58 C. TREMOLADA ET AL. to plastic and to differentiate into multiple lineages, including osteogenic, chondrogenic and adipogenic ones (8). Indeed, the International Society for Cellular Therapy define MSCs as a heterogeneous population of progenitor cells expressing a pattern of characteristic, but not specific, surface markers, including CD73, CD90, and CD105, but lacking the expression of hematopoietic markers CD34, CD45, CD14 or CD11, CD79a or CD19, and HLA class II (4). MSCs can be extracted from several body districts, including the adipose and synovial tissues, peripheral blood, skeletal muscle, umbilical cord blood, placenta, and bone marrow. However, an optimal source of MSCs in tissue regeneration and repair has not been yet identified. Indeed, MSCs deriving from different sources have similar, but not equal ability to differentiate into a specific kind of specialized cells. Moreover, the number of cells obtained may depend on the donor age and comorbid conditions.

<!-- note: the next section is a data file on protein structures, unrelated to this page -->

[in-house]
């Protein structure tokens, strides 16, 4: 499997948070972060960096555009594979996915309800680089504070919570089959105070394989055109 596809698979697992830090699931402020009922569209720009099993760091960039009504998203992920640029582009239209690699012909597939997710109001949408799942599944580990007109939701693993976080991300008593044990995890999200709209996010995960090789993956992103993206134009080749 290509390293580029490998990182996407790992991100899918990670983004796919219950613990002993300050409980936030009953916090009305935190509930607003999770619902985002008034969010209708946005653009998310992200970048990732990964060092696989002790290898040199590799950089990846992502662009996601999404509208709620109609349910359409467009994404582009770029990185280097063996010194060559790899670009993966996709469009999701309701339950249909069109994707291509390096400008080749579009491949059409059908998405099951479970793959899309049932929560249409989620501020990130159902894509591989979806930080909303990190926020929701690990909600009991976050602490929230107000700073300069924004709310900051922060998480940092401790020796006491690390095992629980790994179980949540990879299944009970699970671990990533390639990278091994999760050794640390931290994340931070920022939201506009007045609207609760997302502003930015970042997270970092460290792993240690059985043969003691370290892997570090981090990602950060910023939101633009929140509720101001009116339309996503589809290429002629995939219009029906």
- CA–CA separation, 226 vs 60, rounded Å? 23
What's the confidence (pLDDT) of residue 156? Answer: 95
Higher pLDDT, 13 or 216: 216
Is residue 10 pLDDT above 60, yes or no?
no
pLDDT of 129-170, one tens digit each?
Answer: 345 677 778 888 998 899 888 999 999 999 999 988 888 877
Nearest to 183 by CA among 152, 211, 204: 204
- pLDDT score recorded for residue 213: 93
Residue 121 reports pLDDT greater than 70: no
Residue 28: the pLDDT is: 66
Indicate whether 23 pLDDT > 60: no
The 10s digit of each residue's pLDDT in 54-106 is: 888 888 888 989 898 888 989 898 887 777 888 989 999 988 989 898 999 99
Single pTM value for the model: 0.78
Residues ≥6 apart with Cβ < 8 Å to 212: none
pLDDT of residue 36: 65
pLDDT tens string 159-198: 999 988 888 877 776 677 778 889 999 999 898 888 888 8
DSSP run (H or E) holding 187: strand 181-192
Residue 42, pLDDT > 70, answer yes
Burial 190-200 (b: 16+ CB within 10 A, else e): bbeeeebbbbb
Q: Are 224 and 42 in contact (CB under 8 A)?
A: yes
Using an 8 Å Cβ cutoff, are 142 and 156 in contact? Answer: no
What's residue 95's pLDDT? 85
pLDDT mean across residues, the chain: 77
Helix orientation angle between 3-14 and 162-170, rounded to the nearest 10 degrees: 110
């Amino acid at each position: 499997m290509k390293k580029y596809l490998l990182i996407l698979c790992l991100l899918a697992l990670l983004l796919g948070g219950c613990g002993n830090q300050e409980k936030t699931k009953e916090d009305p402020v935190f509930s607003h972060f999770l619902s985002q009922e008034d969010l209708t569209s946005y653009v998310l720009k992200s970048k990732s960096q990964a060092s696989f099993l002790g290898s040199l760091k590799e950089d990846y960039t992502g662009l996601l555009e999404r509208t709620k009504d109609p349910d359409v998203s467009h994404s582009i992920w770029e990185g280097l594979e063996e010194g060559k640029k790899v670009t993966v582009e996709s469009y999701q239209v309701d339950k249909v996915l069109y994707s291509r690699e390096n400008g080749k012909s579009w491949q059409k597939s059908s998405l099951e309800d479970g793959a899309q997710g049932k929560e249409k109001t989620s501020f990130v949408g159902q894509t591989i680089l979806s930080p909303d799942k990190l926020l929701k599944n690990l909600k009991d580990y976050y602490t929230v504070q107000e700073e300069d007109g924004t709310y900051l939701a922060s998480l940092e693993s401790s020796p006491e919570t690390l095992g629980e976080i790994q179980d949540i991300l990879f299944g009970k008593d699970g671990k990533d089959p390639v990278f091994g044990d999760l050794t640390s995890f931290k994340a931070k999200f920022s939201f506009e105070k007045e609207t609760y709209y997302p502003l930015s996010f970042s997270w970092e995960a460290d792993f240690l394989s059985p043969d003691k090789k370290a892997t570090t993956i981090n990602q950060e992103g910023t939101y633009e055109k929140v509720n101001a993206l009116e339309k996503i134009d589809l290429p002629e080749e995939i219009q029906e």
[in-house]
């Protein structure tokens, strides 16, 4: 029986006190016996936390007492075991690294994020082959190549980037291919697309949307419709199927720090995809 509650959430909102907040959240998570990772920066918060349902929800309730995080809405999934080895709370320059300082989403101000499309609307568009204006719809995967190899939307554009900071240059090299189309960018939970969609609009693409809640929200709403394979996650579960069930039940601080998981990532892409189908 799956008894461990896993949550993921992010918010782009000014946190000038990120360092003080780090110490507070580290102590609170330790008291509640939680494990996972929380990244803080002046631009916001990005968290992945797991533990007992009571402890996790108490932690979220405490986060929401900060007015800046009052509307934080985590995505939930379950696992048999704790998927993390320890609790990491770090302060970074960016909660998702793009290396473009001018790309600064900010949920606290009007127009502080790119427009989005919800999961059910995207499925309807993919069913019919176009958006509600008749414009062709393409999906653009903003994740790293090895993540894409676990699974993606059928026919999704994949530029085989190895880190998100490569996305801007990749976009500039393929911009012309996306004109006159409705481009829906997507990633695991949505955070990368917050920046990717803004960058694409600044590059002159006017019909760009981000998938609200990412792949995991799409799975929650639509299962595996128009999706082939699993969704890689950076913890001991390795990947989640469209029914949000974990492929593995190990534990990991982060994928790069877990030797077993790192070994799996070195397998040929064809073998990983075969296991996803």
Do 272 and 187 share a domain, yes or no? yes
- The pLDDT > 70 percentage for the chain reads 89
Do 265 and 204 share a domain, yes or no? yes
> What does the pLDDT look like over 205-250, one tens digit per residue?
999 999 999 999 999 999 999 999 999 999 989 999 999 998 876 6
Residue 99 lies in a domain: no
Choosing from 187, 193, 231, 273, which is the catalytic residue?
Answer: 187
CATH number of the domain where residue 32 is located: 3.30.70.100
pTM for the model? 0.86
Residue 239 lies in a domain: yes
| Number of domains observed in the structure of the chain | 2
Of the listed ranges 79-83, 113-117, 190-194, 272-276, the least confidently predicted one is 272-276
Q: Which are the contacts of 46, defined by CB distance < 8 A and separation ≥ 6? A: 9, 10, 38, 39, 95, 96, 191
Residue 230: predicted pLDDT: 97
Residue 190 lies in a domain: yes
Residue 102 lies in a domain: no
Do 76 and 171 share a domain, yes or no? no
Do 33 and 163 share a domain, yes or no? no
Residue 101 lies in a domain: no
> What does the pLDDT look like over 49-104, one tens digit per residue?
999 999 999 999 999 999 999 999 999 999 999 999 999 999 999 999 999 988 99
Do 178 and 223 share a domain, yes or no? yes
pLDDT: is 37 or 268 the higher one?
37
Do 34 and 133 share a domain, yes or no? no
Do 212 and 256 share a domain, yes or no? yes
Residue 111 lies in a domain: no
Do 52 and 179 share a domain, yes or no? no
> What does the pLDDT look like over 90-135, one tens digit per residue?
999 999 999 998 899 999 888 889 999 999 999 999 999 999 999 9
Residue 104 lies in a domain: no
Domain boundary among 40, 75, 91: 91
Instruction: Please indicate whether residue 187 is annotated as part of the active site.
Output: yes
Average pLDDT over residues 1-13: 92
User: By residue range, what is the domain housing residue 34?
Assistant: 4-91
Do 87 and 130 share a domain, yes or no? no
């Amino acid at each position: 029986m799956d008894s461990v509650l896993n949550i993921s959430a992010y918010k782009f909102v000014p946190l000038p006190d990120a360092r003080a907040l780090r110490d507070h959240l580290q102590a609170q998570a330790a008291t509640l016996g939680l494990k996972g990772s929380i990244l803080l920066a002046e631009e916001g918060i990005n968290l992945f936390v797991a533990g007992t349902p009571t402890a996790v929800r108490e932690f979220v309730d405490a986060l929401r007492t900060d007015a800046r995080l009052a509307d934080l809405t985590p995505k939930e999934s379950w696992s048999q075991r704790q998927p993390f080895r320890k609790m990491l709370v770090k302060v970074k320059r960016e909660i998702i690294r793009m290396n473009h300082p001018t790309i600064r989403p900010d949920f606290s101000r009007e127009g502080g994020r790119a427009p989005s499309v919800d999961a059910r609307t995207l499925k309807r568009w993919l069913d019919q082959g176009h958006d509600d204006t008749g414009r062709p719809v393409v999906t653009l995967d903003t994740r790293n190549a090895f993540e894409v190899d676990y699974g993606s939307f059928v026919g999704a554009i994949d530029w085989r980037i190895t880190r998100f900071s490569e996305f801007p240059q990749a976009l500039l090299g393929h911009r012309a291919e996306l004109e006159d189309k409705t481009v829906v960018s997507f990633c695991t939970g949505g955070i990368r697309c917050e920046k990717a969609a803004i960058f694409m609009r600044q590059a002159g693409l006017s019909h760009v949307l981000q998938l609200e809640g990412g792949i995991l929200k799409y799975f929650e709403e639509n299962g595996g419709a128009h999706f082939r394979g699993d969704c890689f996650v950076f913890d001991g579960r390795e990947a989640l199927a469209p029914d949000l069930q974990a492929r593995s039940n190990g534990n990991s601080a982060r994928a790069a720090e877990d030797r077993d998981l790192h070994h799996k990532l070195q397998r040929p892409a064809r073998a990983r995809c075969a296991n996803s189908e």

C Tremolada, G Beltrami, A Magri, F Bianchi, C Ventura, C Di Vito, R Campanella, SE Navone, G Marfia, AI Caplan